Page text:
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Book Trade

Private Eye Prize to 'Monkeys'

March 01, 1987|ELIZABETH MEHREN

NEW YORK — Los Angeles producer/screenwriter Les Roberts figured that "real people don't win contests," but nevertheless decided to enter a manuscript he had lying around in the Best First Private Eye Novel contest sponsored each year by St. Martin's Press, the Private Eye Writers of America and Macmillan Ltd. in London. "I entered it kind of the way you enter those Ed McMahon sweepstakes," Roberts said on the phone from Cleveland, where he was producing a television program for the Ohio State Lottery. "I sent it in and promptly forgot about it."

That was in July, about four months after Roberts had completed "An Infinite Number of Monkeys," a novel that began as a screenplay, but, as the author soon found, "was crying out to be a book." To his amazement--"I was stunned, absolutely stunned"--Roberts was notified last month that his book had won the $10,000 top prize (plus guaranteed publication in the United States and England) from among 300 entries. "I love challenges," the 49-year-old Roberts explained of his decision to branch out from television and film writing. "And I had never written a book before, so I did."

Beyond publication and the contest's comparatively hefty remuneration, Roberts found he had earned another reward: "I found this is really what I want to do for the rest of my life." As to the title of the novel that stars a private eye named Saxon, Roberts explained, "They say you can take an infinite number of monkeys and put them in a room with an infinite number of typewriters, and eventually one of them is going to write 'Hamlet.' Since one of the characters is a writer, I thought it was apt."

At the Private Eye Writers of America, meanwhile, founder and executive director Bob Randisi reported about contest entries that "the writing was surprisingly good--even the manuscripts that didn't make it to the finals. I really would have liked to take some time to write letters to many of the contestants with suggestions on how to improve the plot or structures of the stories, but that was impossible."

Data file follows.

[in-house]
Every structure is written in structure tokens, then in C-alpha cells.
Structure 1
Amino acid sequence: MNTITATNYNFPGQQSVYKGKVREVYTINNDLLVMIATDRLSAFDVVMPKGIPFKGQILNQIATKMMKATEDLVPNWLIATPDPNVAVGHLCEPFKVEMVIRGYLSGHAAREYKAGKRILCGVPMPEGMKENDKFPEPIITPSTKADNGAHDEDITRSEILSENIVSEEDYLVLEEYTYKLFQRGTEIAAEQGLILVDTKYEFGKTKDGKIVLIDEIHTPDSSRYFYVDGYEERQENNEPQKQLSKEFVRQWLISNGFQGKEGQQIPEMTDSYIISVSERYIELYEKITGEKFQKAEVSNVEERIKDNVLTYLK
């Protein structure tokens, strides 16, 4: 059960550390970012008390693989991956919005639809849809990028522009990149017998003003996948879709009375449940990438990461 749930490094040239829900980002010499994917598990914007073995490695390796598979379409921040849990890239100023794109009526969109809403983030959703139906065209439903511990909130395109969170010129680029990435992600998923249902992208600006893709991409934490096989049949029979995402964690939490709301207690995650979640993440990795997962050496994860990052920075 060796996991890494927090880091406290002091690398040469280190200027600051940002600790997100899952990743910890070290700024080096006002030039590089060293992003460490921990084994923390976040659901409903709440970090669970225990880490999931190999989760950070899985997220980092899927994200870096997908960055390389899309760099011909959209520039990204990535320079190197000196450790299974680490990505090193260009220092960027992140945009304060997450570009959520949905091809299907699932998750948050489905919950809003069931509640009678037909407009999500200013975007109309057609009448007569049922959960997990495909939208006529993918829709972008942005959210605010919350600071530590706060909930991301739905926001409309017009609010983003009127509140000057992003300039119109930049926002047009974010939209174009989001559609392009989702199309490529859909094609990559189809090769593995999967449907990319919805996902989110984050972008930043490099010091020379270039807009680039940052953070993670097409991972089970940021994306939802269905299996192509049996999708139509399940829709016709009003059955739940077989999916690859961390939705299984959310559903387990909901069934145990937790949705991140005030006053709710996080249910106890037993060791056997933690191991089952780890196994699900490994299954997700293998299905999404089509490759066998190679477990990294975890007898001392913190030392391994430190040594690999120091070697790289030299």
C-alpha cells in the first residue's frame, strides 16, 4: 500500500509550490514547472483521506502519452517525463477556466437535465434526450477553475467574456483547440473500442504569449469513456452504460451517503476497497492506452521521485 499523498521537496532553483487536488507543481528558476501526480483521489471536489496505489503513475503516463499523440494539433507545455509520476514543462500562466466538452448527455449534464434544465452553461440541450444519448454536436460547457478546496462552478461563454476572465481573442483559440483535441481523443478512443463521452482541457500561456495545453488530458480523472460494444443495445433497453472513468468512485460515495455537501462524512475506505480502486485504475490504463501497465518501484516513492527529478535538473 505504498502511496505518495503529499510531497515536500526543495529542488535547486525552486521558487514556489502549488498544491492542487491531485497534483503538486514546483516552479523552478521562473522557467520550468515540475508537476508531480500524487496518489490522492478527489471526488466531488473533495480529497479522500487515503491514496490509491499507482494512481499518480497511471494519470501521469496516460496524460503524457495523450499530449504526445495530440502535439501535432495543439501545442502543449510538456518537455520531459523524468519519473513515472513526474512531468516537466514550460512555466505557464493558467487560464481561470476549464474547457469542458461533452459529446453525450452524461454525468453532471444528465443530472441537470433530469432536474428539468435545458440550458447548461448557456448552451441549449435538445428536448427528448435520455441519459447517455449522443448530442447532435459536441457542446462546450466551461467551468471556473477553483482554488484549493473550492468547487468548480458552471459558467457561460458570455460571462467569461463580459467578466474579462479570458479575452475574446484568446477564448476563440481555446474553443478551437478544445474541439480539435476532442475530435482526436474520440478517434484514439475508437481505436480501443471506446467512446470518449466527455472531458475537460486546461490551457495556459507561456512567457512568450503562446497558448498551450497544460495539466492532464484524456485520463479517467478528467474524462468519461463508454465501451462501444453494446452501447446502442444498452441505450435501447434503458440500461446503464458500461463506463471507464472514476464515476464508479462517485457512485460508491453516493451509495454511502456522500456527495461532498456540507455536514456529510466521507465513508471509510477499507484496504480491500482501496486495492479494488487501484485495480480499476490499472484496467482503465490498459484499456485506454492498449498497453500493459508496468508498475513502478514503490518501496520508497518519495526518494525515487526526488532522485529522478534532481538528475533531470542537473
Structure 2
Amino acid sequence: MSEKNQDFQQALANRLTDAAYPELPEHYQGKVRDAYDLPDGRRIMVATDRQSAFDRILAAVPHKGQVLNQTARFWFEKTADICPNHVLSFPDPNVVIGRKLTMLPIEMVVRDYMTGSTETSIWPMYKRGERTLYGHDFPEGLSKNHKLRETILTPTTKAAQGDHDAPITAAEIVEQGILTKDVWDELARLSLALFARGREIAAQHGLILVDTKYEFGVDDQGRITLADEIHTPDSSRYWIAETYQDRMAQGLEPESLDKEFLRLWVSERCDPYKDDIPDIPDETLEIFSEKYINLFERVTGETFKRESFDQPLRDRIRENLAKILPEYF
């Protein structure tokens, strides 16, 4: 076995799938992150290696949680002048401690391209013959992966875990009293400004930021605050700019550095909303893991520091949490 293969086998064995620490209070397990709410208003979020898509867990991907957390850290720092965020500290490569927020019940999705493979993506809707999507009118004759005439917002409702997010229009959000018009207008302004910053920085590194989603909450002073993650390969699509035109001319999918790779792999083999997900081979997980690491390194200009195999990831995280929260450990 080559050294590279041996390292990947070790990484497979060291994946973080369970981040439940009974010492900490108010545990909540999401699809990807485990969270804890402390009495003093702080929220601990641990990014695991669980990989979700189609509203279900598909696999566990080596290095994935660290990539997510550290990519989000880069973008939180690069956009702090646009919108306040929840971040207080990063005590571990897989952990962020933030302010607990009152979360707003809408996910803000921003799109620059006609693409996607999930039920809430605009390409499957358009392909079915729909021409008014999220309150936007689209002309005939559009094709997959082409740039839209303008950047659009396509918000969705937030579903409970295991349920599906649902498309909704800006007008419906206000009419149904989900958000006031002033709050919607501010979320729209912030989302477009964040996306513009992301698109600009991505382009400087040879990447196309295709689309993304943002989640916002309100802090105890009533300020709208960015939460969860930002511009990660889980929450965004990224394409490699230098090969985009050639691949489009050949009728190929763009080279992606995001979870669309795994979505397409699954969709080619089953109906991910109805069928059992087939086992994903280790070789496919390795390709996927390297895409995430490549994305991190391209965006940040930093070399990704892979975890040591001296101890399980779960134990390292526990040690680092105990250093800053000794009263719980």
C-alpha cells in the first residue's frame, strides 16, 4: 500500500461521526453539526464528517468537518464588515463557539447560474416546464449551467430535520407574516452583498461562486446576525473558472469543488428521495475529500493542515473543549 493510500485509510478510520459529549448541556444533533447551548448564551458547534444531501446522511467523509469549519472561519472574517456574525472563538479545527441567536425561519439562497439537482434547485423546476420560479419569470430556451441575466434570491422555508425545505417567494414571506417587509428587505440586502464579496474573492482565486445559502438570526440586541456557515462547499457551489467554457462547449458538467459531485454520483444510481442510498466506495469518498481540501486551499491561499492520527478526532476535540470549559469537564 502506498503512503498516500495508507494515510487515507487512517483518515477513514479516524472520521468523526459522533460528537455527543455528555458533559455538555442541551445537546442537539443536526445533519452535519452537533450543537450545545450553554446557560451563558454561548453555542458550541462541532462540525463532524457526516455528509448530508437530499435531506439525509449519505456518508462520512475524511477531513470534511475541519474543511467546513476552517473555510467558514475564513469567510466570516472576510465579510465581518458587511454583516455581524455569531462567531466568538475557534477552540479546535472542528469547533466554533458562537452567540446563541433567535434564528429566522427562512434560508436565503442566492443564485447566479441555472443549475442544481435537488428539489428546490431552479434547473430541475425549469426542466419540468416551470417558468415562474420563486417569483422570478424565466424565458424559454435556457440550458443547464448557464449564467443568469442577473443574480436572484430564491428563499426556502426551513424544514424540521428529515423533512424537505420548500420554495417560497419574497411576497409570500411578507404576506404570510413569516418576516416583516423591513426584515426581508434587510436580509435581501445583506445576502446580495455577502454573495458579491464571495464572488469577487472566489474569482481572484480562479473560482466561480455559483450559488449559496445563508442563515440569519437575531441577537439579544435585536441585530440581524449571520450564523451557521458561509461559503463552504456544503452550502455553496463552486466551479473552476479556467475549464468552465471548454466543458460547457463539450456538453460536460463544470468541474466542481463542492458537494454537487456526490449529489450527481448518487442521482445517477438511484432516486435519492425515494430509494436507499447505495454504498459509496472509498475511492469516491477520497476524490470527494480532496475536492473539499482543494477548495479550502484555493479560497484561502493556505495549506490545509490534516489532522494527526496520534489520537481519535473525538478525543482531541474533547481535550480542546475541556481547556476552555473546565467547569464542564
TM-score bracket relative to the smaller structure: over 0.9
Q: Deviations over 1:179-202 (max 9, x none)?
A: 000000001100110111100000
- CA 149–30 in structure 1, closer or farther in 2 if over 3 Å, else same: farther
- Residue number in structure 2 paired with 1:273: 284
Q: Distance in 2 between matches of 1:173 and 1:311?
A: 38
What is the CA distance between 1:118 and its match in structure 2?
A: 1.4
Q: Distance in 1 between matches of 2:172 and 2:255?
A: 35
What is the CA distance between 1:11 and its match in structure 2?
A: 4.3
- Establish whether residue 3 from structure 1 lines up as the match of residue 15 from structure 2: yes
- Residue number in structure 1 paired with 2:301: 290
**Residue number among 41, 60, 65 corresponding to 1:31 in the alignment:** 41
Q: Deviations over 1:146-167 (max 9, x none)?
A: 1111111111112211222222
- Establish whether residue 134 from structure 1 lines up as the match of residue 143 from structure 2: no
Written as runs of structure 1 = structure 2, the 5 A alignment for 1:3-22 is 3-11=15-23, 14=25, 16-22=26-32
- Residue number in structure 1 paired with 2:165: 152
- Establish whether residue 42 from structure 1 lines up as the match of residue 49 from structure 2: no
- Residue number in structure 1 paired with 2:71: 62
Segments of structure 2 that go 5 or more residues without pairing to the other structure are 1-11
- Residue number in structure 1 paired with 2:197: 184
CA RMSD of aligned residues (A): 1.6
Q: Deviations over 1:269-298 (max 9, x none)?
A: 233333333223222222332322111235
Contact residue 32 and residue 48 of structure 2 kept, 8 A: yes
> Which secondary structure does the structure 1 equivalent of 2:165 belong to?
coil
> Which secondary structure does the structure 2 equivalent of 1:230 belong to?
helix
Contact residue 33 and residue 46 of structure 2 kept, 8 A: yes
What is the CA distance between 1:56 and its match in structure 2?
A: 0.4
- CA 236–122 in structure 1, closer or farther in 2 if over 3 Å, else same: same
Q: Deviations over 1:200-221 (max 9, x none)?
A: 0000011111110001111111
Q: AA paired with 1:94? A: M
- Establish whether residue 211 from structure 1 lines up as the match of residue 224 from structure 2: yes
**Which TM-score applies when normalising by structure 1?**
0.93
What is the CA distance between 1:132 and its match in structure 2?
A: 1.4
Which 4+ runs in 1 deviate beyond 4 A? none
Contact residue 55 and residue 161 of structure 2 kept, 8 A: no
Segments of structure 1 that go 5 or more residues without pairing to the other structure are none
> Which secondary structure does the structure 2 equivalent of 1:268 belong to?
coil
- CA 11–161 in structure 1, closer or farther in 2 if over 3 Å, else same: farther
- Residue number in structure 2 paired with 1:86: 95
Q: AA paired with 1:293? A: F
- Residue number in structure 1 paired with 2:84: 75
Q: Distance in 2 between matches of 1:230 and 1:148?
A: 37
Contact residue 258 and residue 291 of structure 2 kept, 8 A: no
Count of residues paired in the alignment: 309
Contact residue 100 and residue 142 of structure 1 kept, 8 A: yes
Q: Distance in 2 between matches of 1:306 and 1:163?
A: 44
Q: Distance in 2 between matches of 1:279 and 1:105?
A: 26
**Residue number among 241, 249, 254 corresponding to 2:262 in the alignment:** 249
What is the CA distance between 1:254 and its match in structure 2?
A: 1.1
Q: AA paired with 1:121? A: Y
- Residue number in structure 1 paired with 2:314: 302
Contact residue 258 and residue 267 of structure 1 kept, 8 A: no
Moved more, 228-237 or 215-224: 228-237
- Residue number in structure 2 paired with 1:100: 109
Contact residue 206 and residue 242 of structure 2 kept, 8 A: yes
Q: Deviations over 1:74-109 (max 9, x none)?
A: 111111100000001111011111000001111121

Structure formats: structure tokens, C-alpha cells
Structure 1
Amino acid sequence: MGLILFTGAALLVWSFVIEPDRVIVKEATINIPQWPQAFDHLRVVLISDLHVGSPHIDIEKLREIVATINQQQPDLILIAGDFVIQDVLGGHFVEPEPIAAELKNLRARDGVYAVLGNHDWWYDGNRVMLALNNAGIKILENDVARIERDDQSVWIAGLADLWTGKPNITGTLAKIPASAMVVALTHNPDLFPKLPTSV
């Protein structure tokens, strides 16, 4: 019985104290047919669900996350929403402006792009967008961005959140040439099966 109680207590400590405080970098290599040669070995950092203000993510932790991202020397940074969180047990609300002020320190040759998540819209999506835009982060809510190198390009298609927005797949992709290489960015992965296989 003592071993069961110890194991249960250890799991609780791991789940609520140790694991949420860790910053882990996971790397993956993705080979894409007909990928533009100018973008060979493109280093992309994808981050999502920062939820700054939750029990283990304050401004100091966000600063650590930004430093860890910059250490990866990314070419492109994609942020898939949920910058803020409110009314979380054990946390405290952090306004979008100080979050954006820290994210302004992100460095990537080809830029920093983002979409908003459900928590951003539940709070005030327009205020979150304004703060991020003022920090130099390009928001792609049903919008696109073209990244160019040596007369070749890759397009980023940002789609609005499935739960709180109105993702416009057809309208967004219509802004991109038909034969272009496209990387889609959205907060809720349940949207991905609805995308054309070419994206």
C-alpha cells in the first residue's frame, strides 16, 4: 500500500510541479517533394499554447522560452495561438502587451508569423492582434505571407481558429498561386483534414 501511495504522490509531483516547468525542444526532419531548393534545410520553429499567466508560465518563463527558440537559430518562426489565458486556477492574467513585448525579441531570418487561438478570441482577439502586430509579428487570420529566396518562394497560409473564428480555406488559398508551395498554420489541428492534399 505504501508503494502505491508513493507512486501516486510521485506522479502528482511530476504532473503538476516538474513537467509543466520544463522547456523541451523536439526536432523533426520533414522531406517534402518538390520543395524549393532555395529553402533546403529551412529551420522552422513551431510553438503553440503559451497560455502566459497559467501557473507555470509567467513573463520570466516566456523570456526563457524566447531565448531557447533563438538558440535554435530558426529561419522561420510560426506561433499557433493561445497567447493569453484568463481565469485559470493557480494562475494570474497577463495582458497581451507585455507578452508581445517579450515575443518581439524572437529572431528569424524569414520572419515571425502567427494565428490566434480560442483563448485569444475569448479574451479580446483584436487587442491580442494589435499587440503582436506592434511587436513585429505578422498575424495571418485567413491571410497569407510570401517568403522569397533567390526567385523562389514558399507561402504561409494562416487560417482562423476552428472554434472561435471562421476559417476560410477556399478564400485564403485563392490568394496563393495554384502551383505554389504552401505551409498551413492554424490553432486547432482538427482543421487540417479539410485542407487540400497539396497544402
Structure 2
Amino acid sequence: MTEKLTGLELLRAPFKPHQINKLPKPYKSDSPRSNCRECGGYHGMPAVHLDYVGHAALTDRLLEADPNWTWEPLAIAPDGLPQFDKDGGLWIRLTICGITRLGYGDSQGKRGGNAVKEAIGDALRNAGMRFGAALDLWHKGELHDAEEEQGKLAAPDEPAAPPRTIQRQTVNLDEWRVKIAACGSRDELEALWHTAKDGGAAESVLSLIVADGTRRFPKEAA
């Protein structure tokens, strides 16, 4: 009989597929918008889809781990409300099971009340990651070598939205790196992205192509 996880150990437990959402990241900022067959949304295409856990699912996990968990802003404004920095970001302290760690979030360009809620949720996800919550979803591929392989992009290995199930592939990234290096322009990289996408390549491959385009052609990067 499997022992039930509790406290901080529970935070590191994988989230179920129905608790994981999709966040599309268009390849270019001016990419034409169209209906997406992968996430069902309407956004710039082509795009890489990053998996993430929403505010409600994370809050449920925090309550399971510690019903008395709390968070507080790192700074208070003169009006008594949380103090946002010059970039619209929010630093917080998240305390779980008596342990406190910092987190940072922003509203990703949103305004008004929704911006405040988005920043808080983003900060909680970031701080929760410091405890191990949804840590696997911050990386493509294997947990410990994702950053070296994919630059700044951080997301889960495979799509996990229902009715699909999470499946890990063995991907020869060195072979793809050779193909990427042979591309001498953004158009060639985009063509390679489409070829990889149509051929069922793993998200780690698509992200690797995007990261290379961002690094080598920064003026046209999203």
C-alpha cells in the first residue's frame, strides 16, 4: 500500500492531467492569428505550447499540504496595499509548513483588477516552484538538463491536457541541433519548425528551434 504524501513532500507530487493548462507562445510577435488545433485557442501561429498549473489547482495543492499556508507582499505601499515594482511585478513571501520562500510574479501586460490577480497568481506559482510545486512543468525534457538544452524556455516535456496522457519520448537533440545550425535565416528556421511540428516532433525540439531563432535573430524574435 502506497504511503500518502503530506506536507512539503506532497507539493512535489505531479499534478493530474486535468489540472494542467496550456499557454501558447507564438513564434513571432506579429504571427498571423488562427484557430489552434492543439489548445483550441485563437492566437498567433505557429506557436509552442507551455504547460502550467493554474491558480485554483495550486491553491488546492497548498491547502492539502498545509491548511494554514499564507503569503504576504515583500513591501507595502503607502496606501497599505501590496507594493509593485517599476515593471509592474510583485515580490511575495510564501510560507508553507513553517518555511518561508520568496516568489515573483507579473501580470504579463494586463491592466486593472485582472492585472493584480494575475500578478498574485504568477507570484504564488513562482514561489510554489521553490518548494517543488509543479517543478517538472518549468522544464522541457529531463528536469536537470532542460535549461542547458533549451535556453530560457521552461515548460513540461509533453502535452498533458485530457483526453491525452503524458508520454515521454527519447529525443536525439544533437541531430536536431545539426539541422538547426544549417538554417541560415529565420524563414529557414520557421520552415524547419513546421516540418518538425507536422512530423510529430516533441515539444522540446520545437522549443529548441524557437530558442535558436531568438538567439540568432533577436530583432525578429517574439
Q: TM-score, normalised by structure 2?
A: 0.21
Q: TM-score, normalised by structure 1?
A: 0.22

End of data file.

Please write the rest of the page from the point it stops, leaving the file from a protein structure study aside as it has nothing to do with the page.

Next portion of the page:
Contest rules and information about the 1987 contest may be obtained by sending a self-addressed, stamped envelope to PWA/St. Martin's Press Contest, 9918 Avenue M; Brooklyn, N.Y. 11236. Manuscripts should not be sent to that address.

PICTURES FROM AN EXHIBITION: Likened to Picasso's Dora Maar or Rembrandt's Saskia, Andrew Wyeth's Helga is the subject now not only of the artist's reverie, but also of an exhibition opening in May at Washington's National Gallery and traveling to Los Angeles from April to July of 1988. Accompanying that show will be a 208-page catalogue so noteworthy that it is the first art book ever to be chosen as a main selection--for July of 1987--by the Book-of-the-Month Club.

Scheduled for fall publication by Harry N. Abrams Inc., the book will be released by the publisher in May to coincide with the exhibition. "This book is much more than an artist's portrayal of one woman," BOMC chairman Al Silverman said. "The paintings give us a heightened sense of the American experience, of the beauty of the land, of sadness and of the passage of time. In these remarkable studies, boundaries are stretched. We think it's an extraordinary achievement."

JOYCE CAROL OATES SAYS SHE WON'T DO IT AGAIN: Unbeknownst to her agent, the author of 17 novels, 14 volumes of short stories, 8 volumes of poetry, 5 books of literary criticism and 2 plays sold a pseudononymous "first novel" to Simon & Schuster for a $10,000 advance. Oates has said she will not repeat her experiment.

AMERIKA, THE BOOK: Even before the controversial 14 1/2-hour miniseries had actually aired on ABC-TV, Pocket Books received word that the paperback version of "Amerika" would appear on the Feb. 22 New York Times best-seller list. If that sales pattern seems Kafkaesque, what about current sales of that earlier "Amerika," Kafka's own novel about the land of the free and the dream of escape? Kafka publishers New Directions and Schocken Books wonder about a groundswell of extra (accidental?) sales when this month's sales are tallied. Doug Dutton reports that Dutton's Brentwood bookstore moved Kafka's "Amerika" from a back shelf to front table midway in the ABC series. There is, of course, nothing but the name to connect the series and the book. Or is there?

SMOOTH SAILING: And Dennis Conner copped a six-figure advance from St. Martin's Press for "Comeback: My Race for the America's Cup." This "as-told-to" story will be written by Australian journalist Bruce Stannard. Mindful no doubt of Americans' notoriously short attention spans, it hits the bookstores in May, presumably before anyone can confuse America's with Pimm's.

DUSTBUSTERS: In case anyone wanted to stop by with an Instamatic, the New York Public Library issued a photo-op announcement for the kickoff of its five-year, 3.5 million-title book-cleaning project. The tantalizing invitation included a chance to "view, behind the scenes," the 88 miles of book stacks, normally closed to the public, where "Ghostbusters" was filmed. The announcement also revealed that a demonstration of the cleaning process was to be carried out by a specialist team of Soviet emigres contracted especially by the New York Public Library for the project. Does this mean that books gather more dust in the Soviet Union?

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